RGC: Why did you choose to pair reading groups and community service? How do these inform or augment each other?

LFL: Reading groups and community service are a natural match. At its heart, every reading group cares about good books and making connections with each other (two tenets of Little Free Library). We want to help activate the reading groups who want to take their energies beyond their immediate circles to the broader community. Not only will a service project benefit the place where you live, it will enrich and enliven your reading group experience.

 

RGC Group: How can you help support reading groups who want to get involved with Action Book Club?

LFL: We’ve made it easy for reading groups to sign up to become Action Book Clubs with an online registration form. You can also find recommended reading lists, conversation starters, and activity suggestions on our website. Each group that signs up will get a welcome kit from Little Free Library, and we also provide a Facebook group where you can connect with other Action Book Clubs around the country.

 

RGC: How do you suggest reading groups come up with community projects and go about finding partners in their local communities in need of service work?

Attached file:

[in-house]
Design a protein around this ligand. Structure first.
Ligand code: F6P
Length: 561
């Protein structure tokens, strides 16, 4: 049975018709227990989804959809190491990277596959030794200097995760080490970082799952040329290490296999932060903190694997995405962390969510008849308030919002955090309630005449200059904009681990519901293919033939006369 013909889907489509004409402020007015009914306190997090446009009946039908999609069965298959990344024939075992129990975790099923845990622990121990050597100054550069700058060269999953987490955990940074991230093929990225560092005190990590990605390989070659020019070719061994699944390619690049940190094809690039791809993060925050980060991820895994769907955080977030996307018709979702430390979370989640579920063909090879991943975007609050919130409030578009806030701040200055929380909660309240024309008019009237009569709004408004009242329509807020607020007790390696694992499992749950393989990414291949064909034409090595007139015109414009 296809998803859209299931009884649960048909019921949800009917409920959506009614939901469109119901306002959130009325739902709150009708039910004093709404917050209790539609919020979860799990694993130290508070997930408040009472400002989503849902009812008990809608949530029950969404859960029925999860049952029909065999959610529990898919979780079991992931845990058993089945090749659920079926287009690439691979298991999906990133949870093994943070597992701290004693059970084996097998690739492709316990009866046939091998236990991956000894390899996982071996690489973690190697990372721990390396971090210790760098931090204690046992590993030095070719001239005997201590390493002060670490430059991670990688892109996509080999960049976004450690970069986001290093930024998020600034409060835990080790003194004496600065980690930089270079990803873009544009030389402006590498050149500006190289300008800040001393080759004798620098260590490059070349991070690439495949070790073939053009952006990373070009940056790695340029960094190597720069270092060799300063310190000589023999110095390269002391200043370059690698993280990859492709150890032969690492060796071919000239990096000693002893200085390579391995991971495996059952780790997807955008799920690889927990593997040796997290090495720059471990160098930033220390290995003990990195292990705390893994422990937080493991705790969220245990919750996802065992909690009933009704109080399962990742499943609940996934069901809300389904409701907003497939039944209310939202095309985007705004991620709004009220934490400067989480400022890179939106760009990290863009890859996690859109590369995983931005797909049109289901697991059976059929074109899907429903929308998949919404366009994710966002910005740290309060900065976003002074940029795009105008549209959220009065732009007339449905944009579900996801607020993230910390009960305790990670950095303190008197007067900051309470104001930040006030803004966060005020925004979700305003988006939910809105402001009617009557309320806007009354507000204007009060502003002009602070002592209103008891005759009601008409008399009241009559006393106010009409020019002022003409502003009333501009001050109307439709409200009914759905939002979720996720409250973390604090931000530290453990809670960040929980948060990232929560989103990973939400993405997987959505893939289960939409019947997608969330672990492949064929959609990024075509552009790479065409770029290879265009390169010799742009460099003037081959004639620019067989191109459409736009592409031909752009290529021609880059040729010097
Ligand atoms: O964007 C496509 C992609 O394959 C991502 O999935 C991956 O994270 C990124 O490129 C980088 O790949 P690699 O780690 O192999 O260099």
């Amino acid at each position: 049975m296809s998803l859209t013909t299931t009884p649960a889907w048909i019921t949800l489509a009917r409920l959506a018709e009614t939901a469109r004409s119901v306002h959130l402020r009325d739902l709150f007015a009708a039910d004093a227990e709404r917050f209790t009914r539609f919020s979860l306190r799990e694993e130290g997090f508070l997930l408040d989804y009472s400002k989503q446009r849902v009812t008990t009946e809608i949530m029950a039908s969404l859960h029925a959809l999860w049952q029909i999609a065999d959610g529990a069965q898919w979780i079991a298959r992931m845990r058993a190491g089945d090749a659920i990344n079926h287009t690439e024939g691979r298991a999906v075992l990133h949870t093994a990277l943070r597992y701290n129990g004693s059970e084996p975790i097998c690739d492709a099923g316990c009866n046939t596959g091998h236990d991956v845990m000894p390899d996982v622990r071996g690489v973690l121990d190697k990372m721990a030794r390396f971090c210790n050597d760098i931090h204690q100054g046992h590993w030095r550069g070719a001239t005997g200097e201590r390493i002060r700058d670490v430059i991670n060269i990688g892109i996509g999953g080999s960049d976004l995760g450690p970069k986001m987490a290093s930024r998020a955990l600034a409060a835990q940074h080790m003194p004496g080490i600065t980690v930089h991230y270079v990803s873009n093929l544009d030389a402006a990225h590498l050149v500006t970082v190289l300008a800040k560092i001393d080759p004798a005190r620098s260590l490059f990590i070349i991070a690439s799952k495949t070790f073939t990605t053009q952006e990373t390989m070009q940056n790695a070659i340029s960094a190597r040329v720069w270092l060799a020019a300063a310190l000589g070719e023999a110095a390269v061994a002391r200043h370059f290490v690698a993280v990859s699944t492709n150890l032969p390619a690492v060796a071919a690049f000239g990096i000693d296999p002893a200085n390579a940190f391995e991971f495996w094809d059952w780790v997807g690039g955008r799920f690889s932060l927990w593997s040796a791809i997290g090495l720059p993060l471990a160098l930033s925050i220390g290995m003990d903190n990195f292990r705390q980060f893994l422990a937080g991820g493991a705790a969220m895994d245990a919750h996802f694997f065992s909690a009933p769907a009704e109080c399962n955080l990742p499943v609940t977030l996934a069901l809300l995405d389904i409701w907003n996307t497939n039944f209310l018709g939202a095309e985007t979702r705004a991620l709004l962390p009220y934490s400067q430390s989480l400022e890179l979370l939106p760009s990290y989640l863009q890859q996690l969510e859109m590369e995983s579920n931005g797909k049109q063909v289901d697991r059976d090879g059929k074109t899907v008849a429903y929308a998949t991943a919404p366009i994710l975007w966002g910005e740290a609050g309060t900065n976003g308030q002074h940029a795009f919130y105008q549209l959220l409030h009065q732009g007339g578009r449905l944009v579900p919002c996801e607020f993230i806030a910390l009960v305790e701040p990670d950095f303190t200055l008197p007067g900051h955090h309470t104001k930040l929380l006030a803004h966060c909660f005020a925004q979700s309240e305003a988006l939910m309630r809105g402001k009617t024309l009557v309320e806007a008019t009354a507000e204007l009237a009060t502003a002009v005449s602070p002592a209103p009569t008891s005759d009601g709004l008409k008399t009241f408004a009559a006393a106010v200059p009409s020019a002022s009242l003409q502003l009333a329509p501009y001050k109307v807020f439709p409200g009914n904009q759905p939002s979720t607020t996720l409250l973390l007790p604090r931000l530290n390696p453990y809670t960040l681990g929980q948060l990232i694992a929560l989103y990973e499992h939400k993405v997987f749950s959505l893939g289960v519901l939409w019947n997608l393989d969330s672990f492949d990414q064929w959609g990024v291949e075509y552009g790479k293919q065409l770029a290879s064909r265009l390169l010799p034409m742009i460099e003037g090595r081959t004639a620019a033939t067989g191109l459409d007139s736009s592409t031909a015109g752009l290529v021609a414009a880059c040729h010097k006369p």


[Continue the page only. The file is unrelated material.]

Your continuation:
LFL: We provide a list of activity ideas, but we encourage groups to choose a project that fits their community’s needs. Remember that no project is too small—and remember to have fun! Our pilot groups had a great time with their projects: an elementary classroom in Louisiana collected more than 100 pairs of new socks for local shelters, while an existing book club in Minnesota joined a neighborhood bike patrol.

“This was such a rewarding experience where we all had an important part of the ‘action,’” says Alysson of the Louisiana group’s experience. “All the kids worked together to help the community in need, and the shelters were so thankful for the kind gesture.”

And Sage Dahlen and Will Wlizlo, the founding members of the Minnesota book club, reported that “By keeping eyes on the bike trail, we’re helping ensure the safety of other trail users and neighborhood residents. It is a great way to be a Minneapolis ‘good neighbor.'”

 

RGC Group: What are your main goals and hopes for Action Book Club over the coming year?

LFL: We want to see Action Book Clubs of all kinds sign up from all around the United States—and beyond. We’re off to a great start! In the first 48 hours of the Action Book Club, nearly 200 groups signed up to be Action Book Clubs. Sign-ups are coming from all over the country: Colorado, Iowa, California, New York, Texas, Tennessee, Minnesota, South Dakota, Connecticut, New Hampshire, Hawaii, North Carolina, Pennsylvania, Florida, etc. And sign-ups are coming from all kinds of groups, like existing adult book clubs, Girl Scout troops, elementary classrooms, teenagers, friends, neighbors, church groups, programs for people with disabilities, mothers of young kids, intergenerational groups, business owners, teachers, and more. We are thrilled to see people of such different backgrounds excited to read books and give back to their communities.